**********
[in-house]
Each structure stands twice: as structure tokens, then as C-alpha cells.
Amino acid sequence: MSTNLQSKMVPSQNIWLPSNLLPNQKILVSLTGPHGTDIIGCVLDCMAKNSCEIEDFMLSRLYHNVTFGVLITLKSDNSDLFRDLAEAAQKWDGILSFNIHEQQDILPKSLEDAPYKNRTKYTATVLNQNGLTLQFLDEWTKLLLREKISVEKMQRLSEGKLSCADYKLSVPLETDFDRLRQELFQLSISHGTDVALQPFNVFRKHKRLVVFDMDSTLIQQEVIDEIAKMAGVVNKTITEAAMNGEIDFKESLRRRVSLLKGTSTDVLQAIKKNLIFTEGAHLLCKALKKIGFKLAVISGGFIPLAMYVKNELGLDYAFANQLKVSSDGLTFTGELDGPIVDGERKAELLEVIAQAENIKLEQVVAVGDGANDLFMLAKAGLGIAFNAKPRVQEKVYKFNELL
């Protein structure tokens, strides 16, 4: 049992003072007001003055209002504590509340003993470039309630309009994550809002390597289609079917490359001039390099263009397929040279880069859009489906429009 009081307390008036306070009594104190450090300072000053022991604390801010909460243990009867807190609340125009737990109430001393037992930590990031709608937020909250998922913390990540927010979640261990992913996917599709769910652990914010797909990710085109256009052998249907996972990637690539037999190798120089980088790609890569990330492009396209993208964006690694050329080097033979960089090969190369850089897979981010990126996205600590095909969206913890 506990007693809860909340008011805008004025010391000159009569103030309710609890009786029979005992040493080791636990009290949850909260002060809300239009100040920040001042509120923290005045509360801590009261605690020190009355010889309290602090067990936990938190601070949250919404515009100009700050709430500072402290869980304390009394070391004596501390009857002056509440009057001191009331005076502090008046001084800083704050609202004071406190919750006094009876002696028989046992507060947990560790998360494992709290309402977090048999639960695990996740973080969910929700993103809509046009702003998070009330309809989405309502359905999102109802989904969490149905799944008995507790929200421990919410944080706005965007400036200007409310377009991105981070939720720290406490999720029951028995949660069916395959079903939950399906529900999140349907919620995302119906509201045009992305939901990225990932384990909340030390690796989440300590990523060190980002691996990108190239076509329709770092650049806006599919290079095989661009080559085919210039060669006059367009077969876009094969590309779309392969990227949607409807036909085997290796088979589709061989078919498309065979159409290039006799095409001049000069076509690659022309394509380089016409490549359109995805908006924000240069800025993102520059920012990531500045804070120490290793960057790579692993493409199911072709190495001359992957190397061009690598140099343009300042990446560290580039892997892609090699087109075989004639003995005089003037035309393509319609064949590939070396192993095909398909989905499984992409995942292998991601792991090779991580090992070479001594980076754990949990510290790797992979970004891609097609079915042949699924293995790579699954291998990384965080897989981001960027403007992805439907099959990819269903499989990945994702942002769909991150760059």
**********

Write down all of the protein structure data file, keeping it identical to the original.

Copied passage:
[in-house]
Each structure stands twice: as structure tokens, then as C-alpha cells.
Amino acid sequence: MSTNLQSKMVPSQNIWLPSNLLPNQKILVSLTGPHGTDIIGCVLDCMAKNSCEIEDFMLSRLYHNVTFGVLITLKSDNSDLFRDLAEAAQKWDGILSFNIHEQQDILPKSLEDAPYKNRTKYTATVLNQNGLTLQFLDEWTKLLLREKISVEKMQRLSEGKLSCADYKLSVPLETDFDRLRQELFQLSISHGTDVALQPFNVFRKHKRLVVFDMDSTLIQQEVIDEIAKMAGVVNKTITEAAMNGEIDFKESLRRRVSLLKGTSTDVLQAIKKNLIFTEGAHLLCKALKKIGFKLAVISGGFIPLAMYVKNELGLDYAFANQLKVSSDGLTFTGELDGPIVDGERKAELLEVIAQAENIKLEQVVAVGDGANDLFMLAKAGLGIAFNAKPRVQEKVYKFNELL
């Protein structure tokens, strides 16, 4: 049992003072007001003055209002504590509340003993470039309630309009994550809002390597289609079917490359001039390099263009397929040279880069859009489906429009 009081307390008036306070009594104190450090300072000053022991604390801010909460243990009867807190609340125009737990109430001393037992930590990031709608937020909250998922913390990540927010979640261990992913996917599709769910652990914010797909990710085109256009052998249907996972990637690539037999190798120089980088790609890569990330492009396209993208964006690694050329080097033979960089090969190369850089897979981010990126996205600590095909969206913890 506990007693809860909340008011805008004025010391000159009569103030309710609890009786029979005992040493080791636990009290949850909260002060809300239009100040920040001042509120923290005045509360801590009261605690020190009355010889309290602090067990936990938190601070949250919404515009100009700050709430500072402290869980304390009394070391004596501390009857002056509440009057001191009331005076502090008046001084800083704050609202004071406190919750006094009876002696028989046992507060947990560790998360494992709290309402977090048999639960695990996740973080969910929700993103809509046009702003998070009330309809989405309502359905999102109802989904969490149905799944008995507790929200421990919410944080706005965007400036200007409310377009991105981070939720720290406490999720029951028995949660069916395959079903939950399906529900999140349907919620995302119906509201045009992305939901990225990932384990909340030390690796989440300590990523060190980002691996990108190239076509329709770092650049806006599919290079095989661009080559085919210039060669006059367009077969876009094969590309779309392969990227949607409807036909085997290796088979589709061989078919498309065979159409290039006799095409001049000069076509690659022309394509380089016409490549359109995805908006924000240069800025993102520059920012990531500045804070120490290793960057790579692993493409199911072709190495001359992957190397061009690598140099343009300042990446560290580039892997892609090699087109075989004639003995005089003037035309393509319609064949590939070396192993095909398909989905499984992409995942292998991601792991090779991580090992070479001594980076754990949990510290790797992979970004891609097609079915042949699924293995790579699954291998990384965080897989981001960027403007992805439907099959990819269903499989990945994702942002769909991150760059």